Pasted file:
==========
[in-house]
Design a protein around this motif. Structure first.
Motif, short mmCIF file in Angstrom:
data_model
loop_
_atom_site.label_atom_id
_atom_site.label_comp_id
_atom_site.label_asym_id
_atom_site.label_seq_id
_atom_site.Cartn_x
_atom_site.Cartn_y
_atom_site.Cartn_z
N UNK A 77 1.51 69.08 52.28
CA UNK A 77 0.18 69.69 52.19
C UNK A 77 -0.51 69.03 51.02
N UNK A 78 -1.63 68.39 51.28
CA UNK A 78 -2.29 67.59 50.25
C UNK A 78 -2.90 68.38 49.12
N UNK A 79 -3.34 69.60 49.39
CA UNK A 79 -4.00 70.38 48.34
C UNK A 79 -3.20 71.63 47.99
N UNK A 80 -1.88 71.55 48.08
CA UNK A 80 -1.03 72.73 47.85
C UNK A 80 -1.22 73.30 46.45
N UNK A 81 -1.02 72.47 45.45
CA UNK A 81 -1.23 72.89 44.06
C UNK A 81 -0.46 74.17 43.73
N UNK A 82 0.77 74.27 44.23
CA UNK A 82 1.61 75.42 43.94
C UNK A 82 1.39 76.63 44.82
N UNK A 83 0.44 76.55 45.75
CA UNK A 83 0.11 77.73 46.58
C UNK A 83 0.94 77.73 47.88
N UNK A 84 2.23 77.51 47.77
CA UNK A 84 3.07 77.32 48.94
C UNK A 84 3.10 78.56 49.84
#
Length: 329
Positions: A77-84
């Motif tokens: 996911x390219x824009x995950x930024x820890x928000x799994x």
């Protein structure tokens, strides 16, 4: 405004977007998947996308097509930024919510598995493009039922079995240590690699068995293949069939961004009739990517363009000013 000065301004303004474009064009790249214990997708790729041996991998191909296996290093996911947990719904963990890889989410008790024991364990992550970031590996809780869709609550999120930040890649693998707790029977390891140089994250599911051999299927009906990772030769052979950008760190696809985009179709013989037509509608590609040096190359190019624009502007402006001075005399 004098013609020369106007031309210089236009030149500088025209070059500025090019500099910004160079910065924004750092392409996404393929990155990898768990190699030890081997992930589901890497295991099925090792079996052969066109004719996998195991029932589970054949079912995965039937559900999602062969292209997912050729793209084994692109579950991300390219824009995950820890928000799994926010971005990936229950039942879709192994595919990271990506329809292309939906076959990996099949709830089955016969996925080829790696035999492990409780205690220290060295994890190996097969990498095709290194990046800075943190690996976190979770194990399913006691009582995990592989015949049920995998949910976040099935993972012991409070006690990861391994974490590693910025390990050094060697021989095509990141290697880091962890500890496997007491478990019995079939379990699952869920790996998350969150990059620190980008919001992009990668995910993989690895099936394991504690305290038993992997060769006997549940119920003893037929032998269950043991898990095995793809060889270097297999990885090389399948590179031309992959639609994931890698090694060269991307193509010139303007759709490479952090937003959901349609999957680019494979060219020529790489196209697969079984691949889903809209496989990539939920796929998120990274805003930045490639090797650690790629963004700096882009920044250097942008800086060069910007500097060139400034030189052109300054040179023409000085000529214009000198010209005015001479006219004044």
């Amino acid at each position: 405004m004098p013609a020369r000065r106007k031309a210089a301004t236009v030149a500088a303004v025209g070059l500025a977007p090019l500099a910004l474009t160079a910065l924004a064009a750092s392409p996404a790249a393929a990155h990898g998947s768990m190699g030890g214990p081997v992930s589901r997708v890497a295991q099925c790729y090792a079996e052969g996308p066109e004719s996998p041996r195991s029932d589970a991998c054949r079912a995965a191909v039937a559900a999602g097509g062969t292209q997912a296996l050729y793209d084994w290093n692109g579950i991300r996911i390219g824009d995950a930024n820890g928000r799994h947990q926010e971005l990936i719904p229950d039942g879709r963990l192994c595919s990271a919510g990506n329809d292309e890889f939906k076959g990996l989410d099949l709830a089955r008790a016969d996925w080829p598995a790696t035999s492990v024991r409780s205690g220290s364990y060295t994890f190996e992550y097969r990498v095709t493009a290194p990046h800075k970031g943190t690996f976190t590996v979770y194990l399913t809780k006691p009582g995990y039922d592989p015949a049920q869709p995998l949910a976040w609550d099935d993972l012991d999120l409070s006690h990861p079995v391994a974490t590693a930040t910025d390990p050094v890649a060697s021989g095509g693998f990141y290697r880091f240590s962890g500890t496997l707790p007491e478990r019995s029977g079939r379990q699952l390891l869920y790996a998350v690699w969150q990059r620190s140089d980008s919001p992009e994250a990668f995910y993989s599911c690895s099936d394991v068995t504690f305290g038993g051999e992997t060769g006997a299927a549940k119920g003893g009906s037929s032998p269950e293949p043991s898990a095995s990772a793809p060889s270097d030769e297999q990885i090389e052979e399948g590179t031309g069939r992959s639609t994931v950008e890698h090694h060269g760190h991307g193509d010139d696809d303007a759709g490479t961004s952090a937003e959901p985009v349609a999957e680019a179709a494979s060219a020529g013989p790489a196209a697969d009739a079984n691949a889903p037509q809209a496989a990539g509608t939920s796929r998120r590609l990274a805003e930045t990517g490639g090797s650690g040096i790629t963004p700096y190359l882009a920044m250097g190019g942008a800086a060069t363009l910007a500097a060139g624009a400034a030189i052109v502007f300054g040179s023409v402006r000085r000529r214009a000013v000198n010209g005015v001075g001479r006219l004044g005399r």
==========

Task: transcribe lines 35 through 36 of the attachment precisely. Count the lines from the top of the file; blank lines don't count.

CA UNK A 84 3.07 77.32 48.94
C UNK A 84 3.10 78.56 49.84